No debate highlights this rejection of neocolonialism better than Eslanda’s critique of Edith Sampson, a U.S. delegate to the U.N. General Assembly, in the July 1951 issue of Freedom, which Ransby missesHere Eslanda is rejecting the cynical use of token Blacks to advance a colonial or neocolonial agenda in the United States.  Eslanda critiques Sampson’s silence at the 1951 U.N. Assembly on the Jim Crow abuses that Negroes endure and her remarks claiming that Communism was America’s main concern.  Eslanda does not support Sampson simply because she is a woman; she understands the sophisticated yet cynical use by conservatives to push a sexist and racist agenda using tokens.  She critiques Sampson because of her conscious choice to ignore the more serious plight of Jim Crow in America.  Eslanda writes to Sampson: 

    “As a Negro woman…I was glad and proud to see you, a Negro woman, appointed as alternate U.S. delegate to the U.N. General Assembly…. When a reporter heckled you about conditions of the Negro people in the United States, you defended the U.S. in a press conference, against Communist accusation…and denied that the color bar is universal and typical in the U.S…Now Edith, this will never do…. We all hope, Edith, that you will ‘follow your own best thought.’  We watch and wait and hope.” 

    Essie anticipated contemporary Black feminist theories of intersectionality that insisted that the relationships between capitalism, sexism, colonialism, racism and empire were symbiotic.”

    Eslanda critiques Sampson’s downplaying of American racism in ways similar to how Hubert Harrison, in a 1911 New York Sun editorial, critiqued Booker T. Washington’s downplaying of American racism in a 1911 edition of the London Morning Post (Perry, ed., p.164).  Eslanda’s mother belonged to Harrison’s Liberty League whose ideological concerns rubbed off on Eslanda in her resentment of token Blacks who downplay American racism.  She was aware of the strategic and cynical use of gender by token leaders who are manipulated by the elite class to advance colonialism.  Eslanda’s critique applies to the approaching uncritical appraisal of Hillary Clinton to be the next U.S. president.  Her critique highlights the importance of identifying tokenism and not supporting someone simply because of their race or gender, but by how well they fight neocolonialism.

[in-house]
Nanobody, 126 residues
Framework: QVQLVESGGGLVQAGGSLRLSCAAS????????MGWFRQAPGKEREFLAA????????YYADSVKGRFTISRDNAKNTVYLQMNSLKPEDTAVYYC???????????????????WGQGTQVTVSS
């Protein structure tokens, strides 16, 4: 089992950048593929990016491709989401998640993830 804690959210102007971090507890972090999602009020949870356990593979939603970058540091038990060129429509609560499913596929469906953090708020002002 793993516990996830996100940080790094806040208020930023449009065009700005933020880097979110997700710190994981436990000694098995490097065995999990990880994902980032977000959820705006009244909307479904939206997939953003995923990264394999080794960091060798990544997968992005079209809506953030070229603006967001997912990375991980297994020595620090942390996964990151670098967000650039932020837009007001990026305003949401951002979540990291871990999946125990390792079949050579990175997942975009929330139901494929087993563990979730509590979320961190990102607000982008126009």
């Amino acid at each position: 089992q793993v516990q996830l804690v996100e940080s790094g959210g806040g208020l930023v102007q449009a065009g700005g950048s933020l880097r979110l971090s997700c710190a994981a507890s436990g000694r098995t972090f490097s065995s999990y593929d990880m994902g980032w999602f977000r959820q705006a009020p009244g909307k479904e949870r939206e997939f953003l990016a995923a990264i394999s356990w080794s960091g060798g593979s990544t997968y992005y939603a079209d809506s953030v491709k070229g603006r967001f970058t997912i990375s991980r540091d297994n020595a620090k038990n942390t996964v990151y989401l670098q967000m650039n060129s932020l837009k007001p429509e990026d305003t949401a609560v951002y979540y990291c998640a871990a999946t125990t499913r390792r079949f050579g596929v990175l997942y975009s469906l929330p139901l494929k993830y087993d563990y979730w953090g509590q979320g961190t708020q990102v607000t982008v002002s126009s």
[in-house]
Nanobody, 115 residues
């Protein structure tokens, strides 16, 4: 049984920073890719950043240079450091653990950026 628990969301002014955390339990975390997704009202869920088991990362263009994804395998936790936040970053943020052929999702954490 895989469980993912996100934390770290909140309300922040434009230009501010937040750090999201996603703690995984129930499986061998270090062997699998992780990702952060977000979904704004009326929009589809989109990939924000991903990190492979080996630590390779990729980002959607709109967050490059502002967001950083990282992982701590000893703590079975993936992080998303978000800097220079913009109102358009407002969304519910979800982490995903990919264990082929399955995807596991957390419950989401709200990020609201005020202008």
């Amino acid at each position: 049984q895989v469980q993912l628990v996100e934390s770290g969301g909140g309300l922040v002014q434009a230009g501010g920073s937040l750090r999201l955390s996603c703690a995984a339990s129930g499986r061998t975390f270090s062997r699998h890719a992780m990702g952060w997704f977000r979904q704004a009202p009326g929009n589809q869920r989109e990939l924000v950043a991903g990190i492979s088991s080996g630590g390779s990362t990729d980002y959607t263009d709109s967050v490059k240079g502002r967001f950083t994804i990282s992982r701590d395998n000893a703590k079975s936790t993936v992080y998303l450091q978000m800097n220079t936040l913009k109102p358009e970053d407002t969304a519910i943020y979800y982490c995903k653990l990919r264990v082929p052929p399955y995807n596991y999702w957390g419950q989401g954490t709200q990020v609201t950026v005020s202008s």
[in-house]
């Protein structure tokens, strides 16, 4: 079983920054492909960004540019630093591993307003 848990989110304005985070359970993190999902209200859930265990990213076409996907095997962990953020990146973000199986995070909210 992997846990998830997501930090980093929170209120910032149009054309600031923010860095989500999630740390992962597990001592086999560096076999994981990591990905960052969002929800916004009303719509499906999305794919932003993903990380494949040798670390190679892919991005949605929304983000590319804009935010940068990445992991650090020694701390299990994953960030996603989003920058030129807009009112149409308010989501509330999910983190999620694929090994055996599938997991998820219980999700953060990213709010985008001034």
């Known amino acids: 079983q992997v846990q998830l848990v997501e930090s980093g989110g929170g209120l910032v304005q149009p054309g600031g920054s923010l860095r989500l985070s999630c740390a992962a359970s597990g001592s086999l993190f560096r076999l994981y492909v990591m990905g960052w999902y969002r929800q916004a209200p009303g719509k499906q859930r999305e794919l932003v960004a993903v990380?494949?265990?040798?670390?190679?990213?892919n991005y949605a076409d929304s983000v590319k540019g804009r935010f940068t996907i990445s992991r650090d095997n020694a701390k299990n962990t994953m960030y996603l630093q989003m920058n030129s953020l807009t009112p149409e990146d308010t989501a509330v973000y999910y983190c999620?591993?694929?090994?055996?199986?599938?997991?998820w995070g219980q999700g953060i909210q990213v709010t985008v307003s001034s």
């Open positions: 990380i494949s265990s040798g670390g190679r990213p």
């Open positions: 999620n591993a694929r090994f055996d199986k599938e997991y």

While Ransby has fulfilled her goal of “crafting a fair and honest portrait,” it comes at the expense of not fully expressing her complete role in advancing the Black freedom struggle.  What is missing, is a more extensive discussion of three key events.  One, the profound impact that the 1949 Smith Act had on her anti-imperialist colleagues like Claudia Jones and James Jackson, the husband of Esther Cooper Jackson (see Foner, ed., p.537).  Ransby includes an important interview with Mrs. Jackson. However her biography could have been enhanced by a more thorough read of the James and Esther Cooper Jackson Papers that, unfortunately, were being physically removed from NYU’s Taimiment Library to be digitized at the final stages of both works.  Two, Essie’s 1951 article in the California Eagle responding to Walter White’s attack on Paul Robeson’s controversial 1949 statement should have been discussed in the context of her differences of opinion with Emma Goldman and Pearl Buck.  Three, the similarities between her and Paul’s anticolonialist beliefs.  Where Paul articulated anticolonialism best as a singer, orator and actor, Essie articulated it in a more sophisticated way as a novelist, screenwriter, anthropologist, and journalist.